Short bowel syndrome

Alternative names
Small intestine insufficiency

Short bowel syndrome is condition of nutritional malabsorption related to the surgical removal or disease of a large portion of the small intestine.

Causes, incidence, and risk factors

When areas of the small intestine are removed surgically, there may not be enough surface area left in the remaining bowel to adequately absorb nutrients from food.

This condition is particularly likely to develop when one-half or more of the bowel is removed during surgery. Risk factors include diseases of the small intestine that may require surgical intervention such as regional enteritis or Crohn’s Disease. Necrotizing enterocolitis is a common cause of this syndrome in infants.


  • Floating stools  
  • Foul-smelling stools  
  • diarrhea  
  • Edema  
  • Weight loss  
  • Fatigue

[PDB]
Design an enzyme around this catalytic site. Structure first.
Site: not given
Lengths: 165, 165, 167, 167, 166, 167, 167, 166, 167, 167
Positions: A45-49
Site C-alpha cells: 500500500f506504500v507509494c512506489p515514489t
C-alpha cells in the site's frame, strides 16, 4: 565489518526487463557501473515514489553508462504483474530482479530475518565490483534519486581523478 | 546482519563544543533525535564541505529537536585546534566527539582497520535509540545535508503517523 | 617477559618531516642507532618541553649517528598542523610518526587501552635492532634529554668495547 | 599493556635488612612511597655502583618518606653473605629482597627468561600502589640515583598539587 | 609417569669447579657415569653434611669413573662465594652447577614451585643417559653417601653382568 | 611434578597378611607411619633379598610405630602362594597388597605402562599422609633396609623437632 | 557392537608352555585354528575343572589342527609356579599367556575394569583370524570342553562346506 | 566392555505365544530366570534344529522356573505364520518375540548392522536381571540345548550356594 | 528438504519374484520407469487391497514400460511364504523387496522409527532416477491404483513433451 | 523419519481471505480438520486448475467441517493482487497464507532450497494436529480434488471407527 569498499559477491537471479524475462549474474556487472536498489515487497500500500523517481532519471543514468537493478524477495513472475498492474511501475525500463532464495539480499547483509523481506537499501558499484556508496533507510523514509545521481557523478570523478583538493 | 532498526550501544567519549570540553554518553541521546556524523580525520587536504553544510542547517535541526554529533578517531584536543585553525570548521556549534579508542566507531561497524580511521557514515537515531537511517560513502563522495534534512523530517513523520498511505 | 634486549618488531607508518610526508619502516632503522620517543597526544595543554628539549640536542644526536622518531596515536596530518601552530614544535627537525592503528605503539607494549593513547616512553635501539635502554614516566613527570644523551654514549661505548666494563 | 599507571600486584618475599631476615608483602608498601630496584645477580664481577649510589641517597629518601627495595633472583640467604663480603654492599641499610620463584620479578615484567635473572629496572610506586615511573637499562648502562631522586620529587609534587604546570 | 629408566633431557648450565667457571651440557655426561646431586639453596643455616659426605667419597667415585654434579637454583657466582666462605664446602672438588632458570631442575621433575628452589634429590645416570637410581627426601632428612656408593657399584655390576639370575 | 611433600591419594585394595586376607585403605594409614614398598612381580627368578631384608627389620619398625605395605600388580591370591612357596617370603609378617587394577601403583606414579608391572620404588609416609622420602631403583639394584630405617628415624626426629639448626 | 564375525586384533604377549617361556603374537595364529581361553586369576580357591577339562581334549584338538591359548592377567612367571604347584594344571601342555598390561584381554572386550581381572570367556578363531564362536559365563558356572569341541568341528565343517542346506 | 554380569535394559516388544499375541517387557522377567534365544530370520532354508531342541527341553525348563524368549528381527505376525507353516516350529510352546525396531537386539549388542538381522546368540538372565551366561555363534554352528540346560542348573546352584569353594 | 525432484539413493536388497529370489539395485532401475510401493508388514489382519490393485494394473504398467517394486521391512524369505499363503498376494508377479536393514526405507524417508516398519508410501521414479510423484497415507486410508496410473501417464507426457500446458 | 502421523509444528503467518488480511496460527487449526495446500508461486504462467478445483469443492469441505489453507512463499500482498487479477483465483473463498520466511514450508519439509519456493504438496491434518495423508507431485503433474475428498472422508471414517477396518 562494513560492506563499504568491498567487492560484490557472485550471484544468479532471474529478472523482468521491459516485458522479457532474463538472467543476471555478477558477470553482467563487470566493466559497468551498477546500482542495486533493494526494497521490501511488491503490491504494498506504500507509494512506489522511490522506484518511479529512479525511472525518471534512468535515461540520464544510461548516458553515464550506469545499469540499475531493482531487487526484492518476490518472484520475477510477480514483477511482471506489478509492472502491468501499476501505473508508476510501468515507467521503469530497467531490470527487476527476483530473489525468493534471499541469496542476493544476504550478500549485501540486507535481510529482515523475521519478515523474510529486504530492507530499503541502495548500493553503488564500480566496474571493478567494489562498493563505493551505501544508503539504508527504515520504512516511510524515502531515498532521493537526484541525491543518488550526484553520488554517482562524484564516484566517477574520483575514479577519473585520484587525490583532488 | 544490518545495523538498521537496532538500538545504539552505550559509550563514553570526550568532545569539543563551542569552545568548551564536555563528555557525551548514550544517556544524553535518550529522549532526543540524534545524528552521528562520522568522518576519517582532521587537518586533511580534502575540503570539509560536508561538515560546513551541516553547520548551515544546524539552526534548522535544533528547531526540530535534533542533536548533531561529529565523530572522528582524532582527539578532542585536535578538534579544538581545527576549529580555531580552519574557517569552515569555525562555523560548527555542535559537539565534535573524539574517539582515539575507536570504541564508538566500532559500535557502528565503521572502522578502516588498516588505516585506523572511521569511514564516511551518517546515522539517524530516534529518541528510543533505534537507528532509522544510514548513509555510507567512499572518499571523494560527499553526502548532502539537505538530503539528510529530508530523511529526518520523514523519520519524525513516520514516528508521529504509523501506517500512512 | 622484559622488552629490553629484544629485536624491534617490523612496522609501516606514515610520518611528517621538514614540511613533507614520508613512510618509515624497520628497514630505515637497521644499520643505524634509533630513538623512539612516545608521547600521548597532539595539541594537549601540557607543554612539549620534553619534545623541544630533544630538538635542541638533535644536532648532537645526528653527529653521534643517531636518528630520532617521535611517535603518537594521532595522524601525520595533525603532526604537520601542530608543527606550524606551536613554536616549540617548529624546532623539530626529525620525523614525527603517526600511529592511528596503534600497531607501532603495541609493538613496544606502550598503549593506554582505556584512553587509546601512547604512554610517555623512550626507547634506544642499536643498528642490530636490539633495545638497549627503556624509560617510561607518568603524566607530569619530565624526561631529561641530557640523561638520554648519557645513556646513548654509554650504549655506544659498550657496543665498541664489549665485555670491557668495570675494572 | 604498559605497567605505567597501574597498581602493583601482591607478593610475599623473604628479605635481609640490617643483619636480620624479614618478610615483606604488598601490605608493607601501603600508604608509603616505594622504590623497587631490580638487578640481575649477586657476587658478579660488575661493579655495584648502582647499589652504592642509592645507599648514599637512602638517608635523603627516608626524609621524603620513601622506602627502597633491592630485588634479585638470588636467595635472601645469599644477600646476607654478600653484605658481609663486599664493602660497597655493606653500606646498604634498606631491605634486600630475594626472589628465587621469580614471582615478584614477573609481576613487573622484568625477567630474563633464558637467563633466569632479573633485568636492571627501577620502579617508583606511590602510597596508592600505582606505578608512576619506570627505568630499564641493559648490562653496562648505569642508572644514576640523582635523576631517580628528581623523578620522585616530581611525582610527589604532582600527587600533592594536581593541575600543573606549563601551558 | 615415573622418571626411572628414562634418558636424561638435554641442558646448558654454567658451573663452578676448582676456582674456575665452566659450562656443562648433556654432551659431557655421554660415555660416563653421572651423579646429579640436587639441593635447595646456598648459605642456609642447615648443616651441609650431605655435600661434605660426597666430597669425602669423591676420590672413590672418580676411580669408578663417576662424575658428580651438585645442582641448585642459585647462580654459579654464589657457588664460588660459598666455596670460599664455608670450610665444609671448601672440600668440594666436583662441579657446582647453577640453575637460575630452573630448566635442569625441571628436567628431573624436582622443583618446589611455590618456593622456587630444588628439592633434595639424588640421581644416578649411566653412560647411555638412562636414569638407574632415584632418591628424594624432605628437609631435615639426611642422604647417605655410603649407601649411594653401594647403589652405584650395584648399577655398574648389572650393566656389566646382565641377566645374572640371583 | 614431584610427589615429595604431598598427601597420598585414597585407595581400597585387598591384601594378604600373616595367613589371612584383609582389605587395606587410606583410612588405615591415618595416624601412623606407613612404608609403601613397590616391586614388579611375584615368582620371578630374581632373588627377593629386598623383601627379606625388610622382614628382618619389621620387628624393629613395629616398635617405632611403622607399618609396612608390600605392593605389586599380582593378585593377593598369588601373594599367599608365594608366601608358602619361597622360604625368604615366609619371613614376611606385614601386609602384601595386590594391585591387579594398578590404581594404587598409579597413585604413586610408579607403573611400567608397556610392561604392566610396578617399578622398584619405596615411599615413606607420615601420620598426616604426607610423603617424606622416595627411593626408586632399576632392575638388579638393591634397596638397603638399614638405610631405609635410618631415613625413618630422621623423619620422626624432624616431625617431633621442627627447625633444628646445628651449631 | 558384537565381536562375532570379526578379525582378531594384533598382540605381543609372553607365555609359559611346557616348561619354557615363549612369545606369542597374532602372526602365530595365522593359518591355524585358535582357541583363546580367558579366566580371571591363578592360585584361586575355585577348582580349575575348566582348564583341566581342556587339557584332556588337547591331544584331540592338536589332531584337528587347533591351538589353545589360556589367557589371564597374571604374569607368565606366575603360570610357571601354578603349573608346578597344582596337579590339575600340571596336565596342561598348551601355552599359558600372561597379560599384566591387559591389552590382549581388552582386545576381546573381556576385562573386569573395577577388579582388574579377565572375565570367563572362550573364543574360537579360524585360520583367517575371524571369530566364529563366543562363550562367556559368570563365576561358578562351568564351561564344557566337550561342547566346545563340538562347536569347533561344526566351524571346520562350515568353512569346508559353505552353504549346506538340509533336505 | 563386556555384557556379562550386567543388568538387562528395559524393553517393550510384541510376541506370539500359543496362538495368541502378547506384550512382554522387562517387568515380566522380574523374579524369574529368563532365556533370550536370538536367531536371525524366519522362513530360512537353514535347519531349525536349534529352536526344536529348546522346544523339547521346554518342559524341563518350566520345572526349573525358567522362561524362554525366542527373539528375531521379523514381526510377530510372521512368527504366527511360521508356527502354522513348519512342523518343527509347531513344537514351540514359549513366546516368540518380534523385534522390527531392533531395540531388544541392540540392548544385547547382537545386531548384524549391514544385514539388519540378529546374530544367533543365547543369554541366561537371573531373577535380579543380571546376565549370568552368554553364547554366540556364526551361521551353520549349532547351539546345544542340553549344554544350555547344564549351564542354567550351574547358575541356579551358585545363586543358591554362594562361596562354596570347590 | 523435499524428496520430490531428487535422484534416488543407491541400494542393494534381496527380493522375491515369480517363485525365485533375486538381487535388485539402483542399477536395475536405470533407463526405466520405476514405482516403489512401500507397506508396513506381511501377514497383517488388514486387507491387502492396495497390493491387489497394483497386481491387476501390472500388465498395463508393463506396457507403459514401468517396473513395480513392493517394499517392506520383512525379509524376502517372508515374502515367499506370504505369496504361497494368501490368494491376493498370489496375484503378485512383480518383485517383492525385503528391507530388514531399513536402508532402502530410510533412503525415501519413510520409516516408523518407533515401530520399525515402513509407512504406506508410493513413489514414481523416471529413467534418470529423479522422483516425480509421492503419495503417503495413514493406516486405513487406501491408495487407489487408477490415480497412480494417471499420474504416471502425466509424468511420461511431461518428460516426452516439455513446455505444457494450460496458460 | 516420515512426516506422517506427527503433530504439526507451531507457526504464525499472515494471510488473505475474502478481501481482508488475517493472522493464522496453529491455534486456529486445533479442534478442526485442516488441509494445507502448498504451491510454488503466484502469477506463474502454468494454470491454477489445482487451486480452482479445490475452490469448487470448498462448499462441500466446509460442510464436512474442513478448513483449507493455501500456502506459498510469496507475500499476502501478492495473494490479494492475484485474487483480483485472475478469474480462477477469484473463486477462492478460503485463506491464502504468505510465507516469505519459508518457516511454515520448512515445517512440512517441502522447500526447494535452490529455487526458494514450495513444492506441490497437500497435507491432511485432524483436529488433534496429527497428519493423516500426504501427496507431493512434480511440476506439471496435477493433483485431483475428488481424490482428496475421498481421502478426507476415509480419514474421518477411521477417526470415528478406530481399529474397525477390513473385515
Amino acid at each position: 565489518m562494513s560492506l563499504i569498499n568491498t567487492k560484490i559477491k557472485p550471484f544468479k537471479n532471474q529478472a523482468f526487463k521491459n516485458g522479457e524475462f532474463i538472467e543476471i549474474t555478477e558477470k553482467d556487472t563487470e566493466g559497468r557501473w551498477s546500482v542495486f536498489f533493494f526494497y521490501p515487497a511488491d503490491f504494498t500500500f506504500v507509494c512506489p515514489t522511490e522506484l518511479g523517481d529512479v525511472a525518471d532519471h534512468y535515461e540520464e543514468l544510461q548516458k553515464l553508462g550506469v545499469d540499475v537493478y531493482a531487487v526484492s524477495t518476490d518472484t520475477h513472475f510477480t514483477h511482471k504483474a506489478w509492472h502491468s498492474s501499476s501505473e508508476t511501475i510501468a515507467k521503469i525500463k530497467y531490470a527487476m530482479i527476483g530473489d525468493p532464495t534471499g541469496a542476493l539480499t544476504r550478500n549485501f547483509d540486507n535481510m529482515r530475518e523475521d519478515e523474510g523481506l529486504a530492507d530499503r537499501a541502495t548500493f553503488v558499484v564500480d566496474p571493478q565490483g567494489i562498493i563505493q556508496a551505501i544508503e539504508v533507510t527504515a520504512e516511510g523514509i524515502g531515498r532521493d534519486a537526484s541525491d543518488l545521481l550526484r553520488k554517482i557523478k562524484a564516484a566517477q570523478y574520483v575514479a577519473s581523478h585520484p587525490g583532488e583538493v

• Pallor

Signs and tests

  • Chem 20 (reveals signs of malabsorption)  
  • CBC (reveals anemia)  
  • Fecal fat test


Treatment is aimed at relieving of symptoms.

A high-calorie and low-residue diet supplying essential vitamins and minerals is necessary. Anemia is treated with Vitamin B12, Folic acid, and increased dietary iron. Medications may be given to lengthen the time nutrients spend in the small intestine.

Parenteral nutrition (tube feeding through a vein or stomach tube) is often necessary if normal feeding is not delivering enough nutrients. Once the patient has stabilized, however, a return to normal eating may be tried.

Expectations (prognosis)

The condition may improve over time if it occurs as a result of surgery. Improvement of nutrient absorption and lengthening of food’s transit time through the intestine usually occurs with recovery from surgery.


  • Weight loss  
  • Malnutrition  
  • Pernicious anemia  
  • Combined systems disease (degenerative changes in the spinal cord and nerves due to vitamin B12 deficiency)  
  • Gallstones  
  • Bacterial overgrowth  
  • Metabolic acidosis (d-lactic acidosis)  
  • Kidney stones

Calling your health care provider

Call for an appointment with your health care provider if symptoms suggestive of short bowel syndrome develop, particularly if you have recently had bowel surgery.

Johns Hopkins patient information

Last revised: December 8, 2012
by Brenda A. Kuper, M.D.

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